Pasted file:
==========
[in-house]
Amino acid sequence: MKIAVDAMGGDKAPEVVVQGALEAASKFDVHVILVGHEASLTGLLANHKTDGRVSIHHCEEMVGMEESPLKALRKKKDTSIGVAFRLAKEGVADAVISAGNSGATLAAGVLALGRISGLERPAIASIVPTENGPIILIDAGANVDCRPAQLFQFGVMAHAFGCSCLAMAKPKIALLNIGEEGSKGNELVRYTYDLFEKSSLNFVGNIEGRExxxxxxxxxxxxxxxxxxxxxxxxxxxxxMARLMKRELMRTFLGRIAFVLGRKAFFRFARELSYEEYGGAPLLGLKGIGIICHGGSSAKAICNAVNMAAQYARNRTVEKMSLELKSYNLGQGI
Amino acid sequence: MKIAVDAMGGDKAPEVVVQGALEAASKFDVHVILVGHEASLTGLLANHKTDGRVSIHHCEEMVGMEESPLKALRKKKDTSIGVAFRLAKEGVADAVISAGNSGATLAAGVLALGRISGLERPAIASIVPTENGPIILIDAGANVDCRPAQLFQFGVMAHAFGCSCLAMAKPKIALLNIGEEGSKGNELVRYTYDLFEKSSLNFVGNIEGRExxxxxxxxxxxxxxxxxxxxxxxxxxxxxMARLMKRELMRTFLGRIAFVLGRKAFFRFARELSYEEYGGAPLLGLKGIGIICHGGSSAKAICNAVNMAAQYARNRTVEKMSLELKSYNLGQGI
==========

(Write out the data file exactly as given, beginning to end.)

[in-house]
Amino acid sequence: MKIAVDAMGGDKAPEVVVQGALEAASKFDVHVILVGHEASLTGLLANHKTDGRVSIHHCEEMVGMEESPLKALRKKKDTSIGVAFRLAKEGVADAVISAGNSGATLAAGVLALGRISGLERPAIASIVPTENGPIILIDAGANVDCRPAQLFQFGVMAHAFGCSCLAMAKPKIALLNIGEEGSKGNELVRYTYDLFEKSSLNFVGNIEGRExxxxxxxxxxxxxxxxxxxxxxxxxxxxxMARLMKRELMRTFLGRIAFVLGRKAFFRFARELSYEEYGGAPLLGLKGIGIICHGGSSAKAICNAVNMAAQYARNRTVEKMSLELKSYNLGQGI
Amino acid sequence: MKIAVDAMGGDKAPEVVVQGALEAASKFDVHVILVGHEASLTGLLANHKTDGRVSIHHCEEMVGMEESPLKALRKKKDTSIGVAFRLAKEGVADAVISAGNSGATLAAGVLALGRISGLERPAIASIVPTENGPIILIDAGANVDCRPAQLFQFGVMAHAFGCSCLAMAKPKIALLNIGEEGSKGNELVRYTYDLFEKSSLNFVGNIEGRExxxxxxxxxxxxxxxxxxxxxxxxxxxxxMARLMKRELMRTFLGRIAFVLGRKAFFRFARELSYEEYGGAPLLGLKGIGIICHGGSSAKAICNAVNMAAQYARNRTVEKMSLELKSYNLGQGI